Mali: Not on Clinton’s Farewell Agenda

08.24.12
Eric Bridiers
World News /24 Aug 2012
08.24.12

Mali: Not on Clinton’s Farewell Agenda

On August 10, 2012 Secretary Hillary Clinton ended her ten day trip to nine sub-Saharan African countries: Senegal, Uganda, South Sudan, Kenya, Malawi, South Africa, Nigeria, Ghana and Benin. The trip was publicized as her last to the continent, as Secretary of State in the Obama Administration. The common thread throughout her structured remarks was on the building blocks for democratic institutions, good governance, rule of law, corruption, security, and trade.

In the August 12, 2012 All Africa article, “Africa: Clinton Concludes African Trip,” Kimeng Hilton Ndukong noted that Mali’s security issues were briefly alluded to in several speeches, but no concrete solution to stabilize the country was offered. During Clinton’s visit the crucial situation in northern Mali has only become worse, with over four hundred thousand Malians being displaced, escaping to refugee camps in Mauritania, Burkina Faso and Niger.

Mali has a limited interest to the United States, and has not been on our radar screen since the March 22, 2012 coup d’etat which destabilized the country. The northern region, the size of France, is now under the control of radical Islamists. This democratic country of fifteen million people should have been the poster child for Clinton’s tailored remarks on building democratic institutions, good governance, and security concerns in sub-Saharan Africa.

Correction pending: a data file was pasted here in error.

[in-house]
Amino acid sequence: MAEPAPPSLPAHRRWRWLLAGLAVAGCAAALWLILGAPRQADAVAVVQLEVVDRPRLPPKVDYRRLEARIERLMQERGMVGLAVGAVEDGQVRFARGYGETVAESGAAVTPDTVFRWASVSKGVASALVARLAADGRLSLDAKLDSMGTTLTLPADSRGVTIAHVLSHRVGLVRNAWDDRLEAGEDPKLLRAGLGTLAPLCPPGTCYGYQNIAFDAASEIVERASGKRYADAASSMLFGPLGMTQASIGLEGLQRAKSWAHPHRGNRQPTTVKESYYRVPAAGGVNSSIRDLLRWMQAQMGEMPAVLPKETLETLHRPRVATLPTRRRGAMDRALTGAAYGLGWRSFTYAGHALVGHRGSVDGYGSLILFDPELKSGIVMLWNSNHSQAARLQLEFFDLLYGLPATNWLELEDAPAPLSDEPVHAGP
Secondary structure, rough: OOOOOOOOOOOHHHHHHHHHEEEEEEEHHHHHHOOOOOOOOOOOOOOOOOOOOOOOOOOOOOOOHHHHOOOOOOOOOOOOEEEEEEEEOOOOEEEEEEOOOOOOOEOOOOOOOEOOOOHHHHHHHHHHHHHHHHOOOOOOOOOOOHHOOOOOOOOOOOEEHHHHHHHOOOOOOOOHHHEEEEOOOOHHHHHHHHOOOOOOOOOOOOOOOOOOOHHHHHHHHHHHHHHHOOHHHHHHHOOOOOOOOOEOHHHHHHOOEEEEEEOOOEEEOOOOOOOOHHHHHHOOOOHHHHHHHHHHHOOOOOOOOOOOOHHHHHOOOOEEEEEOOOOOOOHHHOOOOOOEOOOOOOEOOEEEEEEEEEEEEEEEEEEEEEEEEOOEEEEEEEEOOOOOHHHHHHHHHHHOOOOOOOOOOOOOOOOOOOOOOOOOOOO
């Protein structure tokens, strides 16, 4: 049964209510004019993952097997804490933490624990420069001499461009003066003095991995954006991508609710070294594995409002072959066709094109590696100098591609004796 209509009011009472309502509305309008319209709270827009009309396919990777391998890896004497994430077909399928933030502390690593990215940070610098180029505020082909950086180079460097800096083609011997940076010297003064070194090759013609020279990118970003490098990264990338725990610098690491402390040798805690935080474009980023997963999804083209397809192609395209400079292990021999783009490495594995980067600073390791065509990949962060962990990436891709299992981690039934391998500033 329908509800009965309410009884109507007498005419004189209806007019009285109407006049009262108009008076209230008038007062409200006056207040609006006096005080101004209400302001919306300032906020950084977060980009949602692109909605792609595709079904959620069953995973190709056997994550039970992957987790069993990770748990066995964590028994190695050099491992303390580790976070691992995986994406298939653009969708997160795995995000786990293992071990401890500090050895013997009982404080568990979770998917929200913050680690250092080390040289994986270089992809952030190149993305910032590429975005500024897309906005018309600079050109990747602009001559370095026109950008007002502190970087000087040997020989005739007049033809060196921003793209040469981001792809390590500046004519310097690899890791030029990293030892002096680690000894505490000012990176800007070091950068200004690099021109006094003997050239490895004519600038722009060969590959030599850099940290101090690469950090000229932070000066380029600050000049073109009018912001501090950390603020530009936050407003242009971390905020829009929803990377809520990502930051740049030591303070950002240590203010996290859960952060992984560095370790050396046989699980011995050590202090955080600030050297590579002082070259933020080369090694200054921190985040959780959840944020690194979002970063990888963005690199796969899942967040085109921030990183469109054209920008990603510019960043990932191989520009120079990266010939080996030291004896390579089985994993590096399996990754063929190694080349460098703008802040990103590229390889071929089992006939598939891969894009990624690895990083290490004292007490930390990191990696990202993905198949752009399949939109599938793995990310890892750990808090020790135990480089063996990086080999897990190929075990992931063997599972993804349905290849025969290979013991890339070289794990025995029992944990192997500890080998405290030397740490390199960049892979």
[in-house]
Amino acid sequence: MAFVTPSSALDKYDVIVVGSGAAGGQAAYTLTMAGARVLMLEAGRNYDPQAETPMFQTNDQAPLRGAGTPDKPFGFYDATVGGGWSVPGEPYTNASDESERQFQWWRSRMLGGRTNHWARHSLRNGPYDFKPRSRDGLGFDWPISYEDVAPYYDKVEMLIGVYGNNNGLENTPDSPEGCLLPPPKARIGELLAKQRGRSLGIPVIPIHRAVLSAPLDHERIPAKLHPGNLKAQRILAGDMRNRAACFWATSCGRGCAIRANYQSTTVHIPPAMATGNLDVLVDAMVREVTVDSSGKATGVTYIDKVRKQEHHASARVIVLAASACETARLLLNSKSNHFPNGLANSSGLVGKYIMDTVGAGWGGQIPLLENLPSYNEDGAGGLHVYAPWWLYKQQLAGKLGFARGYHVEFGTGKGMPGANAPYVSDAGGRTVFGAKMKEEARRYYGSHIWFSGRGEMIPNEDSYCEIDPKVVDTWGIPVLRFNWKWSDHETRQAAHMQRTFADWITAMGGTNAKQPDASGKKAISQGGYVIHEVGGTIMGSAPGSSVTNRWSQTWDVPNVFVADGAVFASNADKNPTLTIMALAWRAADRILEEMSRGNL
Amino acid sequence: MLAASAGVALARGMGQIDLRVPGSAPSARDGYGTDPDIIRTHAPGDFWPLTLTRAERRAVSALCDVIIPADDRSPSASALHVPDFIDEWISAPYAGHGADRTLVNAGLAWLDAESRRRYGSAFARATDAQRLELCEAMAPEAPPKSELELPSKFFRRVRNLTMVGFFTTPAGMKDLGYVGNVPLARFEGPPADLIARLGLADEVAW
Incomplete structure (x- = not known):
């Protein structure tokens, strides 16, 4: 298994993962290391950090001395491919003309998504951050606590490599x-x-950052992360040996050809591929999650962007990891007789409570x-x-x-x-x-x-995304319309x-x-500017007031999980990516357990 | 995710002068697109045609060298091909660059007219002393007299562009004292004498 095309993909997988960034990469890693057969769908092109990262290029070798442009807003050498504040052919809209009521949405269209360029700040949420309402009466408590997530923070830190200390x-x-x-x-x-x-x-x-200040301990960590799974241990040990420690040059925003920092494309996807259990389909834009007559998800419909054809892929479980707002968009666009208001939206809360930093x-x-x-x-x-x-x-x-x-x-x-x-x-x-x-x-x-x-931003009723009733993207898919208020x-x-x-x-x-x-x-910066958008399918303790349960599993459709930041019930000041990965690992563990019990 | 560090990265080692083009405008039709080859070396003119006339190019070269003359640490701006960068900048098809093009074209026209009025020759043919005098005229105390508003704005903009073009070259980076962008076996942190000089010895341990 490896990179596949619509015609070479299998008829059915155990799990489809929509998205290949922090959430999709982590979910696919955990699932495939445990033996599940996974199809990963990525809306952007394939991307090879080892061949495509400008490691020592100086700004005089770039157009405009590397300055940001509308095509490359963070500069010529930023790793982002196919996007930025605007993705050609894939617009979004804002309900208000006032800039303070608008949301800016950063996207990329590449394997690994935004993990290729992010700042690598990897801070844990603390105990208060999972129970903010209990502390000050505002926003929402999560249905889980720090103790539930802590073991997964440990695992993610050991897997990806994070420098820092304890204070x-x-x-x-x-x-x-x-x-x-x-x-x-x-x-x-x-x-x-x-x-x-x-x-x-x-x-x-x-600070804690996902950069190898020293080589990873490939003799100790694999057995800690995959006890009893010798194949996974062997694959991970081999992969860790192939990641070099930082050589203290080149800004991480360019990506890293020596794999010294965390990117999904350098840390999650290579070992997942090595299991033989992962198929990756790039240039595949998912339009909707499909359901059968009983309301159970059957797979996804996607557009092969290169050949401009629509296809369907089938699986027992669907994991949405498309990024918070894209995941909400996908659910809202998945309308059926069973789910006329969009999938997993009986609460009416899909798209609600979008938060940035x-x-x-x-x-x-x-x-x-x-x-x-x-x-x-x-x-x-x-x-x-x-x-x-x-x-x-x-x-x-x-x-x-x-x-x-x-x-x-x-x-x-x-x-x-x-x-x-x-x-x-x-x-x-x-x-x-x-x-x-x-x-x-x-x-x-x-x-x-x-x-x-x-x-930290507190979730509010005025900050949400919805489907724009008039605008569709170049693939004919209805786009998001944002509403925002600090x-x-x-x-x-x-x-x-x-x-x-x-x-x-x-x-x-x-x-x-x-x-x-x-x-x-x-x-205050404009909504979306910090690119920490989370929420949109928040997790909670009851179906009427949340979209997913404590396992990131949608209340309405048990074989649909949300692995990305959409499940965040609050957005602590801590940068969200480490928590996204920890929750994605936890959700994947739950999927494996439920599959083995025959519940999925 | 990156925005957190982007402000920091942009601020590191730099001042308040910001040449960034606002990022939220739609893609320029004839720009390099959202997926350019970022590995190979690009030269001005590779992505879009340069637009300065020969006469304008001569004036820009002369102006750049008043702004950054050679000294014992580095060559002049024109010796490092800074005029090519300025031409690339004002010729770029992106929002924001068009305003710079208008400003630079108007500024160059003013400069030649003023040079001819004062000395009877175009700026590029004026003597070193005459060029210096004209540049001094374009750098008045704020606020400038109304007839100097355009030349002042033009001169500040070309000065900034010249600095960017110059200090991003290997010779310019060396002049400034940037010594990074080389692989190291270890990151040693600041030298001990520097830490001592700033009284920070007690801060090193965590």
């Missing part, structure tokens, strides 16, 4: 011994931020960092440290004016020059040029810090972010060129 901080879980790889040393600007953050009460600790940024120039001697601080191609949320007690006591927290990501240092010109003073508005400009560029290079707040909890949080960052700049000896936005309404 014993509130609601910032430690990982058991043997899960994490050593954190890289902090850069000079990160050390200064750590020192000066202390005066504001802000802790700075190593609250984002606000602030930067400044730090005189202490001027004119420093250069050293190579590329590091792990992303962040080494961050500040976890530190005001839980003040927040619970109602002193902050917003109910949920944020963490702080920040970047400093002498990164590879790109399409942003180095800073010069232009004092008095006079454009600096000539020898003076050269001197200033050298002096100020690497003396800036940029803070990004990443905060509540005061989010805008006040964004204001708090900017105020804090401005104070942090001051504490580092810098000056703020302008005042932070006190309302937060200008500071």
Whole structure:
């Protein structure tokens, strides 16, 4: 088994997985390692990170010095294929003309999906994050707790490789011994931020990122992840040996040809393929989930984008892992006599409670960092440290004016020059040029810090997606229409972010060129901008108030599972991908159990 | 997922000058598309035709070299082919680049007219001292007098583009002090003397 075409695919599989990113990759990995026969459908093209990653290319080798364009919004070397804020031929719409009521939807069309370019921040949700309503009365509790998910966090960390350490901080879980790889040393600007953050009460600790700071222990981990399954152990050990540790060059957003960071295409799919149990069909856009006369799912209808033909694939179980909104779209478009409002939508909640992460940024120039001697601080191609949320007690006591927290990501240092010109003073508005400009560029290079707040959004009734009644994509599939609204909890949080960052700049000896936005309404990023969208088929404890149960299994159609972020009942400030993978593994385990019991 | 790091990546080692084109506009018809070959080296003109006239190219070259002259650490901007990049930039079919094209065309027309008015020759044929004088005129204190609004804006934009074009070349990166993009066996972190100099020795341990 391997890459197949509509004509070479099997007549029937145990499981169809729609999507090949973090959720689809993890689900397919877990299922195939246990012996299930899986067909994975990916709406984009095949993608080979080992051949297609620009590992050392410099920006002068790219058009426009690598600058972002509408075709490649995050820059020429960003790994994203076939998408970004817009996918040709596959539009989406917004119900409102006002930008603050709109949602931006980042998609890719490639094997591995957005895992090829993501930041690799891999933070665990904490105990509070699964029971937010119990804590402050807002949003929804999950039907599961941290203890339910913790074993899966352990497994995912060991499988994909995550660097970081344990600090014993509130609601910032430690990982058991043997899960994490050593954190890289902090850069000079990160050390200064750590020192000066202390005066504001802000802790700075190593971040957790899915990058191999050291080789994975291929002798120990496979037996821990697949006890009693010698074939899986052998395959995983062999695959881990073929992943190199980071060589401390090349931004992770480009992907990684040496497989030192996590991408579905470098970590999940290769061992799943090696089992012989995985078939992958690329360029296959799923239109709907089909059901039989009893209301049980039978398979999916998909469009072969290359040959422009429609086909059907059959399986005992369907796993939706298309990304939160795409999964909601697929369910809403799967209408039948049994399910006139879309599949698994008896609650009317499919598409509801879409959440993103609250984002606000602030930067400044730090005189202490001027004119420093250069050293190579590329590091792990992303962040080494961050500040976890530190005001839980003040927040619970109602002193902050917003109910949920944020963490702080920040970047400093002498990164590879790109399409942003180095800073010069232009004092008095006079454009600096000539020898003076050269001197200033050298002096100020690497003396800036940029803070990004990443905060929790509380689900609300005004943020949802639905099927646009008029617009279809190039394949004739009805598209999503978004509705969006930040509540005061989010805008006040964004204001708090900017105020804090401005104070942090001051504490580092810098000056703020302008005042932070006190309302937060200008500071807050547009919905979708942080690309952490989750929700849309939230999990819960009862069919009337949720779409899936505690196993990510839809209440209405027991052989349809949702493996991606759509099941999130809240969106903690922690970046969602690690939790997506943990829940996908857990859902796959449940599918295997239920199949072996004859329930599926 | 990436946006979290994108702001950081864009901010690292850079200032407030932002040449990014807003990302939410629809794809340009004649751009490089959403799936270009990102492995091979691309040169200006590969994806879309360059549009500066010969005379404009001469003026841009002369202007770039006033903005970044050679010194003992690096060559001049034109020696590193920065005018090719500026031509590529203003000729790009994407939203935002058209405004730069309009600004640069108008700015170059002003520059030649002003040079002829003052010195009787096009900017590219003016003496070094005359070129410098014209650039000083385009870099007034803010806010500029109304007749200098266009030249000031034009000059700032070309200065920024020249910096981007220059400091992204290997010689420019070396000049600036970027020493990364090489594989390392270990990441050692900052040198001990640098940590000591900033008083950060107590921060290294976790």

A stop in Mali to meet with transitional government leaders, and offer meaningful support to underpin the democratic regime, would have given Malians hope for the future; with countless lives being saved along the way. It would have also sent a clear message to other sub-Saharan African countries that the U. S. will support democratic regimes in their fight against radical Islamists — to maintain their freedom.

On August 10, 2012, in the All Africa article “Nigeria: Clinton to Jonathan – How You Can Fight Terrorism,” Ben Agande and Uduma Kalu stated that the U. S. offered Nigeria help to fight the Islamic group Boko Haram. An official in Secretary Clinton’s entourage said Boko Haram posed a threat to the West African countries, having links to al-Qaeda insurgents in northern Mali. Since the March coup in Mali, Tuareg rebels and Ansar Dine Islamists have associated with Boko Haram from Nigeria, Al Shabaab from Somalia, Al-Qaeda in the Islamic Maghreb (AQIM) from Algeria; Taliban trained fighters from Afghanistan and Pakistan. These radical Islamic groups want to take control of the Sahel region and institute Sharia, the brutal Islamic law.